The Teenage Brain

Parents have long been frustrated with their teenager’s “what was he thinking” moments.  Why do bright, thoughtful adolescents so often do things that are foolish and reckless?  We now know the reason:  their brains are not finished growing.  Specifically, the pleasure center is not completely hooked up to the judgement center.

The good news is that, contrary to what people used to believe, the teenage brain can change, which means that there really are “late bloomers.”

Neurologist Frances Jensen, with journalist Amy Ellis Nutt, as written a book on the subject The Teenage Brain: A Neuroscientist’s Survival Guide to Raising Adolescents and Young Adults.  Read from a review after the jump. [Read more...]

Young people are getting better

We old fogies are always complaining about “the younger generation.”  But today’s teenagers and young adults actually have a much better record than their peers from the past (including when we old fogies were young fogies).  Crime rates, promiscuity, substance abuse, bullying, and suicide rates among young people are way, way down.  (Any ideas why that might be?) [Read more...]

Discovery of how to keep young people in the church

A new study has discovered what is being called the “holy grail” for keeping teenagers in the church when they become adults:  Parents.   If their parents talked about their faith at home, showed that their faith is important to them, and were active in church, 82% of their children became similarly religious as adults.  The connection is “nearly deterministic,” according to one researcher. [Read more...]

What’s the matter with kids these days?

My former student Brett Harris shows that he was paying attention when our literature class studied irony.  But notice his overall point:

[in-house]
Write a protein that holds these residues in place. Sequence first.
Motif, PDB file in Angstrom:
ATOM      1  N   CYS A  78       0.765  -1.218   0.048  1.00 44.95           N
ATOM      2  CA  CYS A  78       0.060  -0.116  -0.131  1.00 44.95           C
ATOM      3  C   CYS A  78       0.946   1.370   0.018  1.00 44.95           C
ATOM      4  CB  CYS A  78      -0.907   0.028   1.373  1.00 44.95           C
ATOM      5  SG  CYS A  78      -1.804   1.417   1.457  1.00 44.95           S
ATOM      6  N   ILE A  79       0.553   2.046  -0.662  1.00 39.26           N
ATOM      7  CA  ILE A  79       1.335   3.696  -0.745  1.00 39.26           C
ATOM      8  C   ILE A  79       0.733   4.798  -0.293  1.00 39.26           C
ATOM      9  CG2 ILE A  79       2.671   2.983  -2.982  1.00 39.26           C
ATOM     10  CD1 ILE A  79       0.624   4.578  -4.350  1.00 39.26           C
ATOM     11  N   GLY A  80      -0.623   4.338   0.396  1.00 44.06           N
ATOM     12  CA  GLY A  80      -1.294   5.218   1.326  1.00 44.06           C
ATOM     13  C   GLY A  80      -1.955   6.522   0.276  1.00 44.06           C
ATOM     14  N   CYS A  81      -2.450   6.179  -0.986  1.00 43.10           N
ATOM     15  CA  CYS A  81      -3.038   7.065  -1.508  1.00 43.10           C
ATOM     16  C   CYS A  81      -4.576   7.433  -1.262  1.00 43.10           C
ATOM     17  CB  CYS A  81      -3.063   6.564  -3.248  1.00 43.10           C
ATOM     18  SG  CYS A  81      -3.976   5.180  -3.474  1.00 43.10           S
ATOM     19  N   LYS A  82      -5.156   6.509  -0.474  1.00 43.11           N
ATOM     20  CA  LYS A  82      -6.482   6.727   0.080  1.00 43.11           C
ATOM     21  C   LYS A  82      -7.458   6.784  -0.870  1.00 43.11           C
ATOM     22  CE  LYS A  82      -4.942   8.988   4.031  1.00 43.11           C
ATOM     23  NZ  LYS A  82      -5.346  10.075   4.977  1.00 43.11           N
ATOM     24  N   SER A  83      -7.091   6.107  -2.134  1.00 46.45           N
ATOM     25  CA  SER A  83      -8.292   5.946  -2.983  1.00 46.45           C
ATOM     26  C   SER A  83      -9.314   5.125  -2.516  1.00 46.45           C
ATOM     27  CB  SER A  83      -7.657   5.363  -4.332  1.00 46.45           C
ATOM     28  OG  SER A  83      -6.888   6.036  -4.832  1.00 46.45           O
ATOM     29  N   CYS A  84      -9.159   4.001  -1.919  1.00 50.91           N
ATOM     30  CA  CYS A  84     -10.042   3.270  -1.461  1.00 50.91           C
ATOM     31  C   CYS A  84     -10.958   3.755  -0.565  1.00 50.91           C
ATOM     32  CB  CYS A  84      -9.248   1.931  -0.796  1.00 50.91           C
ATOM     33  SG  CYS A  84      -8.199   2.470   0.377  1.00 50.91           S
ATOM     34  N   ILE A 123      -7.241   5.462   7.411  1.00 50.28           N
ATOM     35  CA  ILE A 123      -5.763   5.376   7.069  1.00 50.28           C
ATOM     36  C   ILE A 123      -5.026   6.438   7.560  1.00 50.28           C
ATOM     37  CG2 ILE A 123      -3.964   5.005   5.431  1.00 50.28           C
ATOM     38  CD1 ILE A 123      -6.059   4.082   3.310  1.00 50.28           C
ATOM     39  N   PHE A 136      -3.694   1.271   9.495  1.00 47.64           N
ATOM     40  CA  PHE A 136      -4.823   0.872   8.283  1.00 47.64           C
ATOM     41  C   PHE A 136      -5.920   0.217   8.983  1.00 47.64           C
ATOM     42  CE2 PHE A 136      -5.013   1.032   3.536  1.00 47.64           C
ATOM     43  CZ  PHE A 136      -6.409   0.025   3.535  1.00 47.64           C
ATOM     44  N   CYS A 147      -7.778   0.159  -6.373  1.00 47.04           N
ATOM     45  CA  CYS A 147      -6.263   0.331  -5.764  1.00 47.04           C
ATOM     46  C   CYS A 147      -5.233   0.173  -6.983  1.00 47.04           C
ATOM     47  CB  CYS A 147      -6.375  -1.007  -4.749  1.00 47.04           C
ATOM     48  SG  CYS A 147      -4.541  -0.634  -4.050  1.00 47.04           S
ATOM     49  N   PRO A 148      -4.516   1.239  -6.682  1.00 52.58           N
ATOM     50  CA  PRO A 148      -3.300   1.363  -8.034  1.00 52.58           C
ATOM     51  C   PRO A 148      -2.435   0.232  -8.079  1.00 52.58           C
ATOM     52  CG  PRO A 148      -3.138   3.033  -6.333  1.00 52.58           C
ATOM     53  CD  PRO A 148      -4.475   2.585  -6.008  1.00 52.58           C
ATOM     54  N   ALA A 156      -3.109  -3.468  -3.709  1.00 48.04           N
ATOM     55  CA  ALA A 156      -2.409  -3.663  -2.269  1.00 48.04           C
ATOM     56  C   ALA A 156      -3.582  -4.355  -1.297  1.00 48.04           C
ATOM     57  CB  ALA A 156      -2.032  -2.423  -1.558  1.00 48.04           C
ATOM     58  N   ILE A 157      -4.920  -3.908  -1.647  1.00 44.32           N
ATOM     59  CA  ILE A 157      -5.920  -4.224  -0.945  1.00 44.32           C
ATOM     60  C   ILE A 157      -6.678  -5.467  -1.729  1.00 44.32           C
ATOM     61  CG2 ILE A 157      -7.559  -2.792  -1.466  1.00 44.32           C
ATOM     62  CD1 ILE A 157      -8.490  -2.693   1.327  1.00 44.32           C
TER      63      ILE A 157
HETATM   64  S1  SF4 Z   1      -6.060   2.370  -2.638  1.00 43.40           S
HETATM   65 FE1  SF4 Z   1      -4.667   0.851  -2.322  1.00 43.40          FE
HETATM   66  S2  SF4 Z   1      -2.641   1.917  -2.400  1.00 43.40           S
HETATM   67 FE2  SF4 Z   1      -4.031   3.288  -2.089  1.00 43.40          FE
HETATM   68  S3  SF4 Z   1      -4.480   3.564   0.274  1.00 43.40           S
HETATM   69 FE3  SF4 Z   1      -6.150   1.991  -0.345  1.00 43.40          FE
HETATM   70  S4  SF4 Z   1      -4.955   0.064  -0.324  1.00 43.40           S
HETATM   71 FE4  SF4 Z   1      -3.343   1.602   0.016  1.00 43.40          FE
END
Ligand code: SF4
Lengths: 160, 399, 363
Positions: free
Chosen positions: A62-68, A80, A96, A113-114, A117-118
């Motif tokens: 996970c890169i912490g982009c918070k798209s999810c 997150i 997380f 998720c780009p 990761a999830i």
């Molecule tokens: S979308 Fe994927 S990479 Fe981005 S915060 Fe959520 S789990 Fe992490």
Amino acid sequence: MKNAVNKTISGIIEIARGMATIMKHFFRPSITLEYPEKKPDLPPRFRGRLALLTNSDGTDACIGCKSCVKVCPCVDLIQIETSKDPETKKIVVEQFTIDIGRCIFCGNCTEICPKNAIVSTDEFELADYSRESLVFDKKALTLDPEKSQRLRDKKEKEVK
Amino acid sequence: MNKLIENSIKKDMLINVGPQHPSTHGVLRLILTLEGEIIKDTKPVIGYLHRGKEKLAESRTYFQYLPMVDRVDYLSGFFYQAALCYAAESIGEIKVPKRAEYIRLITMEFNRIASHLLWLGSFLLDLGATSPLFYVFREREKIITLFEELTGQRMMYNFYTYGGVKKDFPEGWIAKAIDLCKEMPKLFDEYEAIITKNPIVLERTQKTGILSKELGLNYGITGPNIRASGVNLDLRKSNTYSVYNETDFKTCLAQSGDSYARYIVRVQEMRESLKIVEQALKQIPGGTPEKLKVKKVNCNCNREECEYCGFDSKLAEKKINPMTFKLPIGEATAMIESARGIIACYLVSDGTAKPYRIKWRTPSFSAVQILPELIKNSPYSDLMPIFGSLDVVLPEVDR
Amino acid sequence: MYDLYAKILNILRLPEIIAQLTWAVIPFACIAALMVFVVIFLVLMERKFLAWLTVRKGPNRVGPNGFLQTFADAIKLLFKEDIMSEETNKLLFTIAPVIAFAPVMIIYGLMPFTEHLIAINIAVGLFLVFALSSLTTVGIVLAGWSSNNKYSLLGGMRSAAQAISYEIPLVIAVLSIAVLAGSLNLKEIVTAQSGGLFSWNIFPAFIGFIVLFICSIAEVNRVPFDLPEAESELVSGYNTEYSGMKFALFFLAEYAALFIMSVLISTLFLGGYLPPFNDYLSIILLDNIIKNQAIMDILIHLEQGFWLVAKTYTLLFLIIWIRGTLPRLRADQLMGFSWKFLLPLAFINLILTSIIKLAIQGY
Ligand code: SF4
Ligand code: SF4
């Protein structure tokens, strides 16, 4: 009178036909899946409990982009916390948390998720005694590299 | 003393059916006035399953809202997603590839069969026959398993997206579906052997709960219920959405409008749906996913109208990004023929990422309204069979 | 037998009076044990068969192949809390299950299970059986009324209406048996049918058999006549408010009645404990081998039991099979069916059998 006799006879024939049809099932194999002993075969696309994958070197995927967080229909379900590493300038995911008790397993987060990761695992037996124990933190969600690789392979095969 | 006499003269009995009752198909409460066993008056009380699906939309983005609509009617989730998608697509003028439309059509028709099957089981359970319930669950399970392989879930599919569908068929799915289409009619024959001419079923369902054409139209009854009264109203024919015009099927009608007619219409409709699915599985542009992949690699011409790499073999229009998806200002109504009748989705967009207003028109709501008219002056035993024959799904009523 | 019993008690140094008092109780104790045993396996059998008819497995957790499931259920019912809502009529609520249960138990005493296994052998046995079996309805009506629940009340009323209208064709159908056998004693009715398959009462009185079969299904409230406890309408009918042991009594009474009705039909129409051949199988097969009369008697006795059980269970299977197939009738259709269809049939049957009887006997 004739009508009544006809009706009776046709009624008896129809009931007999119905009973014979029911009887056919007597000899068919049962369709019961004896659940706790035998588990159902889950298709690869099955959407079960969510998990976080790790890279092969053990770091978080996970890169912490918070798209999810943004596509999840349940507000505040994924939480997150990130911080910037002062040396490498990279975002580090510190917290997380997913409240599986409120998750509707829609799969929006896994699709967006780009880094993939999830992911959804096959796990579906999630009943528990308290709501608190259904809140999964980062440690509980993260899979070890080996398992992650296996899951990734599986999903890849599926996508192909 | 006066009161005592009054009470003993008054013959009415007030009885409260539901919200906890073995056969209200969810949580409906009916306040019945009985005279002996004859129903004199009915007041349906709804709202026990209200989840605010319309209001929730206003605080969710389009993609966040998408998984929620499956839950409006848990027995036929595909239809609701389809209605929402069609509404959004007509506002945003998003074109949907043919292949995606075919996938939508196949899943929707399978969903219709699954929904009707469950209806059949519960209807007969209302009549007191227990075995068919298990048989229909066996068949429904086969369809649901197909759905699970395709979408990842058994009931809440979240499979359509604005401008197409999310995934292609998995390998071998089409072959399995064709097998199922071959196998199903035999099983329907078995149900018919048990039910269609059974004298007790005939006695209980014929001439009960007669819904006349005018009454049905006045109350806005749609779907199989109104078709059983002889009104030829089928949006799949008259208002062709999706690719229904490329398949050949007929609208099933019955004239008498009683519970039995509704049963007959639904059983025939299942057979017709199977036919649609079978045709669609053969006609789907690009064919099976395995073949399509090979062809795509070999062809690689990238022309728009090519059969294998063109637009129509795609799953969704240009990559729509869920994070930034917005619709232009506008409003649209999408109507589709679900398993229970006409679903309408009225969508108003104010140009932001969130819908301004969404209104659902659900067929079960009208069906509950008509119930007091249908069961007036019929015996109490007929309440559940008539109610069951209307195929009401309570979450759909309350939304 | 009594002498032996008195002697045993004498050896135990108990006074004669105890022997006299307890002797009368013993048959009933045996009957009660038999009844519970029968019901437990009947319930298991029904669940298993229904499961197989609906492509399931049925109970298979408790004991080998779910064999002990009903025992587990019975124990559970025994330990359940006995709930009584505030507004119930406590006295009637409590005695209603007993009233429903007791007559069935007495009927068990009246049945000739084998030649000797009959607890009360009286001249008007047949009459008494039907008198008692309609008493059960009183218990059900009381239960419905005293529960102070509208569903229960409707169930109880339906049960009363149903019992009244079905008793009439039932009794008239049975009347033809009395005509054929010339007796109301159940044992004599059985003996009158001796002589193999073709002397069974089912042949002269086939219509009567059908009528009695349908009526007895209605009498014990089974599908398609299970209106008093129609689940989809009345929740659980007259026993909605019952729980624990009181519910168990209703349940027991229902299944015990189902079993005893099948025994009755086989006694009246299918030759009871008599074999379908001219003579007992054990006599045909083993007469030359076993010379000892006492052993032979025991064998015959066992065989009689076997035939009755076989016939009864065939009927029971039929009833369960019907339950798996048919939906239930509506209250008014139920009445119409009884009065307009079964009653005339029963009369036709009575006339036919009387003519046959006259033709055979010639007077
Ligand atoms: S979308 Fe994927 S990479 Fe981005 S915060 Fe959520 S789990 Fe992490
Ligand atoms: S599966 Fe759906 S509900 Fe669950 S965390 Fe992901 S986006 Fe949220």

Young people have absolutely NOTHING to offer. The sooner they realize this and stop trying to do grownup stuff the better for everyone.

For example, this 13-year-old girl got so overwhelmed visiting a neonatal unit in Kenya that she ran outside and passed out!

LET’S FACE IT: Young people are too incompetent and irresponsible to make a difference in the world. They should focus on staying entertained and out of the way.

Unfortunately, this girl didn’t learn her lesson the first time. [Read more...]

Teenagers are losing interest in driving?

You thought it strange that Japanese young adults are losing interest in sex?  How about American teenagers who are losing interest in driving?  Only half of teenagers have a driver’s license by the time they are 18.  Twenty years ago two-thirds did.

After the jump, a report on the phenomenon.  The study cited, sponsored by the automobile industry, blames the economy and expresses the hope that teenagers will want to drive again once the economy improves.  But I’m not sure that’s what the data shows. [Read more...]

How teenagers buy music today

The music industry is struggling because so much of its product can be accessed for free, what with YouTube and “radio” sites such as Pandora (setting aside illegal downloads).  But even when a person wants to buy music, it’s hard if you aren’t old enough for a credit card.  And it’s even harder if you want to buy music your parents wouldn’t approve of.  From Aaron Leitko:

The Internet has given kids boundless opportunities to hear music gratis, but few ways to pay for it.

To shop for mp3s on iTunes or Amazon, you need a credit card or debit card. If you’re a minor with an allowance, you probably don’t have either. . . .

If your tastes don’t align with Best Buy’s music buyer, you’ll have to turn to iTunes. And your folks, who control the purse strings.

“Right now, most kids are using parents’ iTunes accounts or otherwise relying on parental permission to make their purchases,” says Mary Madden, a researcher at the Pew Internet and American Life Project. The only hiccup: The songs that teenagers want to hear and the songs their parents let them hear are often very different. Leveraging chores in exchange for Kanye West’s “My Beautiful Dark Twisted Fantasy” (uncensored version, of course), the Tool discography or anything Odd Future-related is for brazen teens with particularly liberal or oblivious parents. For the rest, an awkward conversation about the record’s content is inevitable — unless they get their hands on a gift card.

“This is kind of the untold genius of iTunes that’s not spoken about, when it comes to teenagers, is the gift card,” says Crupnick, who estimates that two-thirds of the money teens spend online is with such cards. . . .

“They only ever pay for music out of respect for the artist,” MTV researcher Mariana Agathoklis says. “They almost view that as a way to show off their fandom, where it used to be that you would follow an artist on tour, you would look like them and wear their T-shirts.” A record is no longer an impulse buy — it’s patronage.

via How can you be a rebel if you use Mom’s iTunes account? – The Washington Post.


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